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- Business Growth / Strategy / Trends
- Innovation / Creativity
- Inspiration / Achievement
- Retail and Consumerism
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Gary Hoover Business Thought Leader, Entrepreneur, Innovator
An understanding of the future is looking at the past. Our society in general does not have a lot of respect for history, but people who build great enterprises have a sense of history and make a concerted effort to study it. Regardless of industry, any understanding of the future comes from understanding the past. Watching key long-term trends is a critical part of successful leadership.
If you are curious and passionate, then you have the ability to be an entrepreneur. Gary describes "How We Learn."
Hoover believes the only valid reason for the existence of any enterprise is to provide goods and services to people, to somehow make the world a better place. The minute an enterprise forgets that, it's all over with. Hoover recalls in the early '70s when he was a Wall Street analyst covering retailing.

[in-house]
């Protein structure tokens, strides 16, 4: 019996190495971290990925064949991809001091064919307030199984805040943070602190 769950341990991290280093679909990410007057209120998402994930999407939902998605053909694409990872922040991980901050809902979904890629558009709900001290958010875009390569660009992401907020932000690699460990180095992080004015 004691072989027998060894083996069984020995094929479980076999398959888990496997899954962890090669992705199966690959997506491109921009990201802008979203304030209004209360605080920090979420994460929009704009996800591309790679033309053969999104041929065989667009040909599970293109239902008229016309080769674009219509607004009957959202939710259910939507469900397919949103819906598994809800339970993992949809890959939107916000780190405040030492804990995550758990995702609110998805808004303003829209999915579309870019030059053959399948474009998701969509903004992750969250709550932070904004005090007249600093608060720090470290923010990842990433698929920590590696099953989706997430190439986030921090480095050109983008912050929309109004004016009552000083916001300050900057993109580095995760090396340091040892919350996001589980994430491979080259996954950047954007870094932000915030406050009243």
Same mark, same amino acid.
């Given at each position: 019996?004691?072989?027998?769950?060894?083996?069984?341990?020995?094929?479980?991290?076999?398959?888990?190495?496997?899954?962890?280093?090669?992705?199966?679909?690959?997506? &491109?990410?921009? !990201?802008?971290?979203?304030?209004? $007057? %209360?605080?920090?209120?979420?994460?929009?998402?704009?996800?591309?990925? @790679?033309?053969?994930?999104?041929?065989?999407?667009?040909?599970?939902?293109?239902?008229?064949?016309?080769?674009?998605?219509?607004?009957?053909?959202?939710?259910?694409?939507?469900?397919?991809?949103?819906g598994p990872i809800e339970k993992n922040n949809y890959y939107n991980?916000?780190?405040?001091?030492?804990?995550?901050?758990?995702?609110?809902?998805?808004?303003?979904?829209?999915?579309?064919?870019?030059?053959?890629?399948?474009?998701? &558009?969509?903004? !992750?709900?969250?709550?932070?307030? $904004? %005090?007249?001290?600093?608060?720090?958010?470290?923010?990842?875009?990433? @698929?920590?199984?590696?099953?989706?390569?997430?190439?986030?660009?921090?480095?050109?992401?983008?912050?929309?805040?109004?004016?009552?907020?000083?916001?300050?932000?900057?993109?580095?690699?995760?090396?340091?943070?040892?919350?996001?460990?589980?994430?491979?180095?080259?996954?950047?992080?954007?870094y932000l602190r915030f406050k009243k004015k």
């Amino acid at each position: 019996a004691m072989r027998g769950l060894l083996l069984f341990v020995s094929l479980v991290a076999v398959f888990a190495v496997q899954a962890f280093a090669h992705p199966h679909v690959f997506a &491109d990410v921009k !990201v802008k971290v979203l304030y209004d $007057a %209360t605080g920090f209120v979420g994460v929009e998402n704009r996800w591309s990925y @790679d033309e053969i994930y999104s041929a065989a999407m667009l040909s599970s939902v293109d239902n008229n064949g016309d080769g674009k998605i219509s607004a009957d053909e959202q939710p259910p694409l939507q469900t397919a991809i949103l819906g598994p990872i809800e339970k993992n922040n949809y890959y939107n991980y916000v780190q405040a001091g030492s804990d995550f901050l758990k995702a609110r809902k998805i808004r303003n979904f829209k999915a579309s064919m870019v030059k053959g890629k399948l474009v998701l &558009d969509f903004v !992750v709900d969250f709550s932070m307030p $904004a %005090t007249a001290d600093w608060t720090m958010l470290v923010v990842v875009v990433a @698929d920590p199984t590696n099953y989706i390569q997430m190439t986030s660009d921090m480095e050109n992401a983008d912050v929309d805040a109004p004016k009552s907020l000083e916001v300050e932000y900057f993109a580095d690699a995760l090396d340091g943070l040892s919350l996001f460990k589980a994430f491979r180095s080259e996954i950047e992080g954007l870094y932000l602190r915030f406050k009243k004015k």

Mankind has forever been trying to figure out better and faster ways to perform mathematical functions, said Gary Hoover, McCombs' Entrepreneur-in-Residence.
The magic of retailing. According to Gary Hoover, McCombs' entrepreneur-in-residence, retailing has a certain mystery about it. While it is known as being hard work, low profit and intensely competitive, the industry has spawned some of the world's largest companies and greatest fortunes. How can this be, in an industry which does not require highly technical expertise or advanced degrees, and that is not generally protected by patents and trade secrets?
In June 2012, I gave a keynote talk at the BlogWorldExpo at the Javits Convention Center in New York City, which is held in conjunction with the big Book Expo. My talk was a continuation of my series of "industry histories," but this time I tackled the two men I think of as the most important media innovators of the 20th century.
Consumer Spending 1929 to 2018 in 30 Seconds